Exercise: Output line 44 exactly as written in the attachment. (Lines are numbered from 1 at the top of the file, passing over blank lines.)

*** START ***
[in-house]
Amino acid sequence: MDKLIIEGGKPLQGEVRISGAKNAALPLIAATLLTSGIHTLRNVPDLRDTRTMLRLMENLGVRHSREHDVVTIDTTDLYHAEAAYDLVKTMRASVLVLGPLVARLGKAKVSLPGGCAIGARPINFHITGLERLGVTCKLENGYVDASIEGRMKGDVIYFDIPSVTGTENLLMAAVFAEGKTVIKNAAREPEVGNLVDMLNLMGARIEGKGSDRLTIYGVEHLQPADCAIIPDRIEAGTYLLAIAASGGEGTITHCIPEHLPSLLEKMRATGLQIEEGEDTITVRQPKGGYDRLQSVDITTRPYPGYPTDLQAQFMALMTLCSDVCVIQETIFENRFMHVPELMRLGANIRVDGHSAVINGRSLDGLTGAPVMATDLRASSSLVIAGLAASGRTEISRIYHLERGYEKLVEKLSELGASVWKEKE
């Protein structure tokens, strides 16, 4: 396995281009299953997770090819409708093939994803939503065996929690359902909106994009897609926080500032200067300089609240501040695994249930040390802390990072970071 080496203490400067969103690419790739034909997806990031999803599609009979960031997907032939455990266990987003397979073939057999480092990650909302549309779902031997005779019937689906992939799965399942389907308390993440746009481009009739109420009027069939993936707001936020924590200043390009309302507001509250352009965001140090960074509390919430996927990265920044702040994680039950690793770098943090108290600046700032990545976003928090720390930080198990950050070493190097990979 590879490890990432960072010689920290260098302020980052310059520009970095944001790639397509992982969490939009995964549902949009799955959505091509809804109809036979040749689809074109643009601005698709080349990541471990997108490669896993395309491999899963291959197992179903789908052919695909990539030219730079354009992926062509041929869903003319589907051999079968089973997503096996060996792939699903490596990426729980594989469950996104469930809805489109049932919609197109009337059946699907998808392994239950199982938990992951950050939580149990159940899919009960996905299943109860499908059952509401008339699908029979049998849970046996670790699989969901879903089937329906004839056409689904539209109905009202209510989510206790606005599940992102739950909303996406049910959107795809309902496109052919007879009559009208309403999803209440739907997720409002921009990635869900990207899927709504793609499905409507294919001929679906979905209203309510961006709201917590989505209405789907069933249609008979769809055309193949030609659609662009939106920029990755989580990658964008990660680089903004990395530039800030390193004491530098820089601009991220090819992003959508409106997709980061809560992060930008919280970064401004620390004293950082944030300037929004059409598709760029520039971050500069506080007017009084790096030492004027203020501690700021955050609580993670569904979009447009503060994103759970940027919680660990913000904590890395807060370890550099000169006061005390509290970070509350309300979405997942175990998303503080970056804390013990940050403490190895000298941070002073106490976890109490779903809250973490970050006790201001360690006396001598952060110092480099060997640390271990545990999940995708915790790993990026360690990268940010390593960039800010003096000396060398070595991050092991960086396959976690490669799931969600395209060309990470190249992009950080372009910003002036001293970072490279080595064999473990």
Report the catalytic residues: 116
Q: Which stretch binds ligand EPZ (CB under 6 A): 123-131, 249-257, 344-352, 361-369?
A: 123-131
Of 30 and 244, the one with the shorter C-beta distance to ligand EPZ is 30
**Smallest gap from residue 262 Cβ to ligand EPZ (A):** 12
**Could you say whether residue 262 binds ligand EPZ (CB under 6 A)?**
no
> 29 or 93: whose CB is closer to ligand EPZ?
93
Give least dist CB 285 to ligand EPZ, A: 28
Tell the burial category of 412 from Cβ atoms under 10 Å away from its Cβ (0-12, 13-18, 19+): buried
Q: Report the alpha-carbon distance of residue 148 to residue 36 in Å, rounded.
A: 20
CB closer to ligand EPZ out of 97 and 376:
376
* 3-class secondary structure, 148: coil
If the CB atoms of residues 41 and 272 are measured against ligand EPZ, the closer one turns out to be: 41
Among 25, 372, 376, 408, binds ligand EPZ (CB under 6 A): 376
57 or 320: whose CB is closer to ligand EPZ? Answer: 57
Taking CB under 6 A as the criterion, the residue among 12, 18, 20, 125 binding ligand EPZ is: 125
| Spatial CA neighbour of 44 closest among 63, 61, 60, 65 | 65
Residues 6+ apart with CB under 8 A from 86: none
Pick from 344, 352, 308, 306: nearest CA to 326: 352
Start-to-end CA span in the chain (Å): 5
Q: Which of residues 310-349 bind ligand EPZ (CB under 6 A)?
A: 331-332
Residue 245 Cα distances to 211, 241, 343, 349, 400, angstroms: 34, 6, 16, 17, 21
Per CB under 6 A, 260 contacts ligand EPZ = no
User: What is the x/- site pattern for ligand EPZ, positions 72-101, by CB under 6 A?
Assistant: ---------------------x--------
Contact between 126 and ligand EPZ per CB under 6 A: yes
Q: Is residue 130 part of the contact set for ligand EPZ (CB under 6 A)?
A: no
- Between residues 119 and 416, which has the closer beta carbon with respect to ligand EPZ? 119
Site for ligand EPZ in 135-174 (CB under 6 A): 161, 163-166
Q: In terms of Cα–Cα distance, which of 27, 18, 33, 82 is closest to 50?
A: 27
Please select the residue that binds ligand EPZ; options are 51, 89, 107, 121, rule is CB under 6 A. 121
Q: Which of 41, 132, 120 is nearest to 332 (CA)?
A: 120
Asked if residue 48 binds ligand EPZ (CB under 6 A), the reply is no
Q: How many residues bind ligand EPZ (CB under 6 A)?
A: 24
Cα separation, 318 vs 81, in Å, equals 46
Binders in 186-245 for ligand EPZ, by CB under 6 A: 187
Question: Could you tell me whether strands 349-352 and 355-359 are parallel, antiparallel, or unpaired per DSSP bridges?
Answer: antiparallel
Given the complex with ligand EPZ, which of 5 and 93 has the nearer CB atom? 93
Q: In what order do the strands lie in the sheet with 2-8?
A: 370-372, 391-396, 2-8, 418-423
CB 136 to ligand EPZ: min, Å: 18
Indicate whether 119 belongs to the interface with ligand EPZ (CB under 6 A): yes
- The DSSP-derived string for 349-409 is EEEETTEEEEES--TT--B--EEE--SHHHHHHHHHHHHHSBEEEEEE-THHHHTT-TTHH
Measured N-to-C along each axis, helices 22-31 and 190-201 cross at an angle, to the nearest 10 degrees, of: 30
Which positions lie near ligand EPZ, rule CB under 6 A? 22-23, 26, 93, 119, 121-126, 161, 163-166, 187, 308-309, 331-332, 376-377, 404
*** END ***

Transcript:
Asked if residue 48 binds ligand EPZ (CB under 6 A), the reply is no